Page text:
HIE and FROSTCOATS: A Winning Combination
in the Fight Against Post-Weaning Diarrhea

 

 

The economic losses attributed to intestinal disease are staggering. E. coli poses one of the greatest threats to early-weaned pig health. Diarrhea accounts for a substantial percentage of post-weaning pig mortality, with the leading cause of diarrhea disease reportedly being K88 strain of enterotoxigenic E. coli.1 Protecting the young pig and limiting exposure to E. coli requires a high degree of sanitation and implementation of control/preventative strategies. An infectious E. coli battle can be costly and long-term. Given the potential impact on swine production, numerous dietary tactics are utilized in the battle to prevent diarrhea in young pigs. Such strategies include antibiotics, spray-dried plasma proteins, pro- and prebiotics, organic acids, zinc and copper salts, and more recently the inclusion of egg yolk antibodies obtained from laying hens hyperimmunized with specific bacterial fimbrial antigens, such as antigens for E. coli strain K88. Egg yolk antibodies are commonly called hyperimmunized egg (HIE). University research has shown young pigs are not as susceptible to the effects of an E. coli (K88) challenge when consuming HIE antibodies.2 Given concerns associated with antibiotic usage and environmental impact from excess zinc and copper, use of HIE in post-weaning diets offers producers another option in the fight against post-weaning diarrhea.

Many producers choose to use pelleted feed for early-weaned pigs due to performance advantages and given the fact that nutrient needs are best supplied by using numerous specialty ingredients, such as plasma proteins, milk products, fish meal, and modified carbohydrates that would require more management in terms of acquisition, inventory, and mixing when used in grind and mix rations. The inclusion of HIE in post-weaning diets, especially for early-weaned pigs, has proven beneficial.2 However, since HIE is heat-sensitive, the antibodies can be destroyed when included in a typical pelleted prestarter feed.

The patented FROSTCOATS® process is ideally suited for supplying HIE to weaned pigs. Like other heat-sensitive ingredients, HIE can be included in the FROSTCOATS post-pelleting, making it possible to deliver the E. coli hyperimmunized egg antibody in a pelleted product that pigs readily consume. The production of FROSTCOATS is a two-step process. First, a base pellet is produced utilizing a typical pelleting process. Then, at room temperature conditions, the coating which contains heat-sensitive ingredients, such as HIE, are applied to the outside of the base pellet. The result is a highly nutritious, very palatable pelleted feed that is preferred by young pigs.

ADM swine researchers evaluated HIE heat stability in pelleted feed products by measuring how much egg antibody (immunoglobulin Y) survived the heat from the regular pelleting process. Three pelleted feeds containing HIE were tested  -  one MOMENTUM® 10-15 product and two MOMENTUM FROSTCOATS 5-10 products. Meal samples which were not exposed to high temperature were taken for all three products prior to pelleting. HIE was added to the meal prior to pelleting for the MOMENTUM 10-15 product and the first FROSTCOATS 5-10 product.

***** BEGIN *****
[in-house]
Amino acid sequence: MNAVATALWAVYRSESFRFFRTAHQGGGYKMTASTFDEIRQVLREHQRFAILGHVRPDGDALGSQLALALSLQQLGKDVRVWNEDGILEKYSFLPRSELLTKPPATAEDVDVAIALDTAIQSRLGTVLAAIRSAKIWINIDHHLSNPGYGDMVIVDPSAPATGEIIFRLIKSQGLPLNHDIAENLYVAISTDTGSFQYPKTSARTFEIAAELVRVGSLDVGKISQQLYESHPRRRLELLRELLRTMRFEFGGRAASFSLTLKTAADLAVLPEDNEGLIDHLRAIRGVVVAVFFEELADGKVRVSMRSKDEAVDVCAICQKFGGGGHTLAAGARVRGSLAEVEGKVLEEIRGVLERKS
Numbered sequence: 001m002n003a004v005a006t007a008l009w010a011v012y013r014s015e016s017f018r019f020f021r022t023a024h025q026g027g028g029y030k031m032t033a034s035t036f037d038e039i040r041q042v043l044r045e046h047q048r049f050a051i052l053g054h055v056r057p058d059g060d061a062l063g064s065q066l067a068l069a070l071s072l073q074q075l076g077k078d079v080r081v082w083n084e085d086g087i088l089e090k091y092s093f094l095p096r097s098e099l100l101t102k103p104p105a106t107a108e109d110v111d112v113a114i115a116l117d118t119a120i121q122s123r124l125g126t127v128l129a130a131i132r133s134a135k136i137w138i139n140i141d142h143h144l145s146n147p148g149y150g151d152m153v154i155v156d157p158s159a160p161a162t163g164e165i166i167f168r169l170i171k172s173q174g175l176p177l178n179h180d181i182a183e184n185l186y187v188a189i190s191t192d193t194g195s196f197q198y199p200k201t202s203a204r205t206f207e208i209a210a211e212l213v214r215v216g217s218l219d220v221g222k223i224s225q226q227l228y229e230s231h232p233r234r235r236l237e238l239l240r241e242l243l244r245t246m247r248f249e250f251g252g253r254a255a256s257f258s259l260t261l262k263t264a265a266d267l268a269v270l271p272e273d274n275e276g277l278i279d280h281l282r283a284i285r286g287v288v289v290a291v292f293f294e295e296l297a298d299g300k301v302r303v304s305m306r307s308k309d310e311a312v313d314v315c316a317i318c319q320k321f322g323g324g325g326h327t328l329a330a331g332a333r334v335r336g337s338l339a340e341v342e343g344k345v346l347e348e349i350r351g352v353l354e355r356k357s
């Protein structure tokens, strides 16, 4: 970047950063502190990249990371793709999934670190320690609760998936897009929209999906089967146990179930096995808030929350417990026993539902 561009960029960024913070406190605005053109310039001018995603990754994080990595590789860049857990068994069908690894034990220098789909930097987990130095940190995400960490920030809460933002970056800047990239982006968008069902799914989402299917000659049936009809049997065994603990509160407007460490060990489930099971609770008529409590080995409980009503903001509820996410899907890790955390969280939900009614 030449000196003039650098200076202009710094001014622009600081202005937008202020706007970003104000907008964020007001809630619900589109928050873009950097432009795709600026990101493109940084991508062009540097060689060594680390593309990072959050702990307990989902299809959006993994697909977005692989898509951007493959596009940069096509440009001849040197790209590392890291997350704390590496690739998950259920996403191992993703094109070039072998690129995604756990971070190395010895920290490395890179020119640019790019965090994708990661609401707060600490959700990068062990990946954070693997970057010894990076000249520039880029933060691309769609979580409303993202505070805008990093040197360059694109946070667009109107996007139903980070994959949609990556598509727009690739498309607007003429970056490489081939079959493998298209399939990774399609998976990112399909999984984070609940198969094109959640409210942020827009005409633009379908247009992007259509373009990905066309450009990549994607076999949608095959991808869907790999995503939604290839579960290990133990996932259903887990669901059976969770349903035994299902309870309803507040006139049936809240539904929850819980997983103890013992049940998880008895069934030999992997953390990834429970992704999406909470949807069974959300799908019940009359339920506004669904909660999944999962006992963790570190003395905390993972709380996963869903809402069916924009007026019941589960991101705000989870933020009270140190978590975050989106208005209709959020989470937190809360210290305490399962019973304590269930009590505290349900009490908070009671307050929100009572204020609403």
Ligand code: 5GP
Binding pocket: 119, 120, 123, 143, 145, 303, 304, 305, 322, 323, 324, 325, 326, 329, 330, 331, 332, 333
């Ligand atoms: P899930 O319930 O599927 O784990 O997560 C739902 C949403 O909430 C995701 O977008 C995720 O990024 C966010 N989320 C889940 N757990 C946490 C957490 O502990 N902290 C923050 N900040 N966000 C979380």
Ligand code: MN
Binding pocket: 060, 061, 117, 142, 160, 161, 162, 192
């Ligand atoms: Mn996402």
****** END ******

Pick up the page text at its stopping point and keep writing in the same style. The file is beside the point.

For the second FROSTCOATS 5-10 product, HIE was added to the coating mixture and applied to the outside of the base pellet at room temperature; thus, avoiding exposure to high pelleting temperature. In essence, HIE was exposed to high temperature associated with the pelleting process for the first two pellet products, but not for the third pellet product. Temperature exposure for HIE with the first two pelleted products were 165°F and 168°F, respectively. The temperature at which HIE was exposed with the third product was approximately 70°F (room temperature). Antibody titer (IgY) for each meal and pellet sample was measured using enzyme-linked immunosorbent assays (ELISA) and percentage of HIE survival was calculated.

Results clearly demonstrated that the regular pelleting process destroyed most of the HIE  -  38.1% survived in the first pellet product and 21.3% survived in the second pellet product. Conversely, HIE survival rate was 95.3% for the third pellet product (HIE applied in the coating). The high survival rate clearly demonstrated the FROSTCOATS technology was efficacious at protecting HIE antibodies.

The usage of HIE should span at least 10 days. Once pigs have consumed recommended amounts of MOMENTUM FROSTCOATS with HIE, pigs should be transitioned to another diet that contains HIE until pigs have consumed HIE for at least 10 days. If a meal diet will be used, producers can utilize HIE Pig Pak. Depending on susceptibility to E. coli and facility conditions, it may be advantageous to continue HIE supplementation for another 10 or more days. Warning: If an oral E. coli vaccine is being used, request that the herd veterinarian contact the manufacture of the vaccine to check on potential HIE interference with the vaccine.

Summary
Another weapon in the arsenal against diarrhea in young pigs is the use of HIE antibodies in weaned pig diets. Only the patented FROSTCOATS technology has been shown to enable the incorporation of heat-sensitive ingredients such as HIE into pelleted feeds without being destroyed. In addition, the superiority in performance of young pigs fed MOMENTUM FROSTCOATS pelleted feed versus conventional pelleted products has been well established. Adding HIE to MOMENTUM FROSTCOATS gives producers another edge in getting newly weaned pigs off to a fast, healthy start.

References:
1 J. Animal Sci. 2003. 81:1790-1798.
2 J. Animal Sci. 2003. 81:1781-1789.

 

 

ADM Alliance Nutrition, Inc. , a wholly owned subsidiary of the Archer Daniels Midland Company